There’s a story over at the New York Times about a new business in San Francisco, Eatsa, that’s like an old-fashioned automat: “[a]t this restaurant, customers order, pay and receive their food and never interact with a person.”
(The story’s somewhat puzzling because reporter Claire Cain Miller never mentions that America once had many establishments like this, including the Horn& Hardart chain. Not identical, of course, but very close in character.)
I’m not sure that automats, let alone an even less-personal one like Eatsa, should be called restaurants. They’re more like grocery stores to me. Even a fast-food restaurant takes orders, but in Eatsa, there’s no order-taker, just as there wasn’t in an automat. One selects one’s own, brings it to a cashier, or in the new version even pays without a cashier.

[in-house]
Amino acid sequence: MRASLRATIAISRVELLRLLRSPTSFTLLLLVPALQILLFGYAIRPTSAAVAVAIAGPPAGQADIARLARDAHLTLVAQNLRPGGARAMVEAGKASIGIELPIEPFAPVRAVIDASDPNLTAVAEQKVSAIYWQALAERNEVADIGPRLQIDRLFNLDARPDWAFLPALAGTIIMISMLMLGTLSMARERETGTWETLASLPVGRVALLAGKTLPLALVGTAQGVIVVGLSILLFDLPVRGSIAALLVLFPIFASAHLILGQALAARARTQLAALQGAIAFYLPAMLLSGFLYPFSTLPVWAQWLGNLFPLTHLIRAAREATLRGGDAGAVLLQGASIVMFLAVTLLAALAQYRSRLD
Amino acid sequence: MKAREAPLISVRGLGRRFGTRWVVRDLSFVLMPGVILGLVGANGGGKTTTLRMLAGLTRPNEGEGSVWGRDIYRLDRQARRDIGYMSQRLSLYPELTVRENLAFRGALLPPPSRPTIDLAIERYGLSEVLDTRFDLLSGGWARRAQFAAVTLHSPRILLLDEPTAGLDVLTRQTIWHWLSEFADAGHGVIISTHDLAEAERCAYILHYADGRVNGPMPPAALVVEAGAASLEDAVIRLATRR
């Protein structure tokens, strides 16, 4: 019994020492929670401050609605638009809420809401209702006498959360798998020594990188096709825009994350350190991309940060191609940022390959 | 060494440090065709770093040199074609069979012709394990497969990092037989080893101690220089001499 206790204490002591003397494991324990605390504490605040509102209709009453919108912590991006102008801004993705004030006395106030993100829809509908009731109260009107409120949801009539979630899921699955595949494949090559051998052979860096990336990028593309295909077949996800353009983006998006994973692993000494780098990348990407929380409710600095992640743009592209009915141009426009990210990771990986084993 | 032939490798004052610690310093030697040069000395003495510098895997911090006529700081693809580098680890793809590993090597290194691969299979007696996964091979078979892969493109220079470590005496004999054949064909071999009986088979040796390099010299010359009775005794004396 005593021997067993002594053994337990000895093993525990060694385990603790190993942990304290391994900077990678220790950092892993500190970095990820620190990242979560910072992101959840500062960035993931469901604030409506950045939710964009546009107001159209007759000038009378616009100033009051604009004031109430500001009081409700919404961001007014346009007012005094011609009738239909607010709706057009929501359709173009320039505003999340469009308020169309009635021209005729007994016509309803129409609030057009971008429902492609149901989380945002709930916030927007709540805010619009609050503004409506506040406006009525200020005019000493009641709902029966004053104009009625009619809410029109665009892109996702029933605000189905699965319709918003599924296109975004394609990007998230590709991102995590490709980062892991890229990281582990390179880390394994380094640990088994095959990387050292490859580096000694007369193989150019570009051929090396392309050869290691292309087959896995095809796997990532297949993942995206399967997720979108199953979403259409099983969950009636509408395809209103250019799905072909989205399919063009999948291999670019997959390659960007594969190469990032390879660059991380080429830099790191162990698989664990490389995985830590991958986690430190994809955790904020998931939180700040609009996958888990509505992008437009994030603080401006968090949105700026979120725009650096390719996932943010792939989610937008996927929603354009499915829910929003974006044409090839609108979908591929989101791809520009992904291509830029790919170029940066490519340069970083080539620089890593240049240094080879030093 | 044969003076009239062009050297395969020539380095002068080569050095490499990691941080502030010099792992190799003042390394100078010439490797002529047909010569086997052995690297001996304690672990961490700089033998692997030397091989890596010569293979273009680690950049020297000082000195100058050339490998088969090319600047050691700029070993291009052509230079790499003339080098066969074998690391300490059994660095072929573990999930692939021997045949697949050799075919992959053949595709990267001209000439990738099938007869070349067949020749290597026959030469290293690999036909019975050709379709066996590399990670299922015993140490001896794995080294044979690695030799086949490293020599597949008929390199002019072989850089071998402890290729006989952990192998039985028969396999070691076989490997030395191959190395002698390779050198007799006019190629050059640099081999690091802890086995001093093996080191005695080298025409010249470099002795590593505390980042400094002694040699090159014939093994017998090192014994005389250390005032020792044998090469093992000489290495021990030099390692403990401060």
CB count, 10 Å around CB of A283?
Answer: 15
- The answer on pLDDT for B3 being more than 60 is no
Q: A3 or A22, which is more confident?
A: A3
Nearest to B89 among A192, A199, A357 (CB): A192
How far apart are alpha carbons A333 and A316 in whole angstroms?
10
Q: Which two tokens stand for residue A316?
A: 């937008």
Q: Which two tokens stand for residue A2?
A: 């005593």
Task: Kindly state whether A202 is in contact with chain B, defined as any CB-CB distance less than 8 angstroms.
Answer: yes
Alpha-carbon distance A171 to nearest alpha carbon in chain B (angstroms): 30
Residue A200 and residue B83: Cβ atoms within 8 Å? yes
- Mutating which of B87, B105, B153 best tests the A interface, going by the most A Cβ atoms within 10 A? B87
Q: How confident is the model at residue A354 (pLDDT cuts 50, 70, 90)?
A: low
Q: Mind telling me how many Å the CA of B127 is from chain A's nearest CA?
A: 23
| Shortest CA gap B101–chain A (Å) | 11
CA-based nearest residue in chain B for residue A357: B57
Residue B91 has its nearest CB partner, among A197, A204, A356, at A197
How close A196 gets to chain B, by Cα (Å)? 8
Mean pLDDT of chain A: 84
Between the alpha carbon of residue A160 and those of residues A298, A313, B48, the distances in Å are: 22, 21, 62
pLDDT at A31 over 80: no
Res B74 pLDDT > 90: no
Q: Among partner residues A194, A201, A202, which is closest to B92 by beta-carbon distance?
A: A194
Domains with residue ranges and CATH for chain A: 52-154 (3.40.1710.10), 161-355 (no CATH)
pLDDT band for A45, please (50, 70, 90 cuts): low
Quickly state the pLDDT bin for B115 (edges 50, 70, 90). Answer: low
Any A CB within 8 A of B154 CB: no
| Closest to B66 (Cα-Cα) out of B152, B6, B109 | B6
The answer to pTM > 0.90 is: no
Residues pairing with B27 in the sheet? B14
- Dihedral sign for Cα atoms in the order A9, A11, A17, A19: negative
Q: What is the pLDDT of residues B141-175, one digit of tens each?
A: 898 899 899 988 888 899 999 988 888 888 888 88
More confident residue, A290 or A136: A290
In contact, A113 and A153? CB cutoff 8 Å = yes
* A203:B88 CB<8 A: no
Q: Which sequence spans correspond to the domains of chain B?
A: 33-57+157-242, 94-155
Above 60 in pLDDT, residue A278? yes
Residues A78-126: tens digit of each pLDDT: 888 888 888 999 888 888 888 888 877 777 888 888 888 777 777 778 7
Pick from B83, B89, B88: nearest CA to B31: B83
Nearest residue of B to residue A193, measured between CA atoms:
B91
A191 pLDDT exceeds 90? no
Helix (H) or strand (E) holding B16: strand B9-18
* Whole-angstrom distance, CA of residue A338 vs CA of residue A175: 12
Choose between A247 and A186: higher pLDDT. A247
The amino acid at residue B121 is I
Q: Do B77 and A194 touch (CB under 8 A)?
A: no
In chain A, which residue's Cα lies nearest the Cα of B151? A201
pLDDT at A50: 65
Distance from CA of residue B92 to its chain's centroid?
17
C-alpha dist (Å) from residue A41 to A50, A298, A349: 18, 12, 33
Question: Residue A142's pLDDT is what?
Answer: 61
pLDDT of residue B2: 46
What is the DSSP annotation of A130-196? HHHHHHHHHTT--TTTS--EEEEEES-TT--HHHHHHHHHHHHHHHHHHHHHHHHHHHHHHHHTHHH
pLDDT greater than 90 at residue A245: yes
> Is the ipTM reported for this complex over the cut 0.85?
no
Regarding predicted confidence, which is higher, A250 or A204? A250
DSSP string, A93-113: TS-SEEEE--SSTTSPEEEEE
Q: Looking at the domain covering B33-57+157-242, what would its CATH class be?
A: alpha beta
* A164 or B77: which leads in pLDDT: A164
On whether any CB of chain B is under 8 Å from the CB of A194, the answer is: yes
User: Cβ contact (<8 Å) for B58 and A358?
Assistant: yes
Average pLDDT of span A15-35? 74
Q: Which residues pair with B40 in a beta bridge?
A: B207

That’s akin to a grocery store or a vending machine.
There may be times when that’s convenient, and efficient, but without any human service, even in taking one’s request, I wouldn’t think of Eatsa as a restaurant.
It’s more like a vending machine with a roof.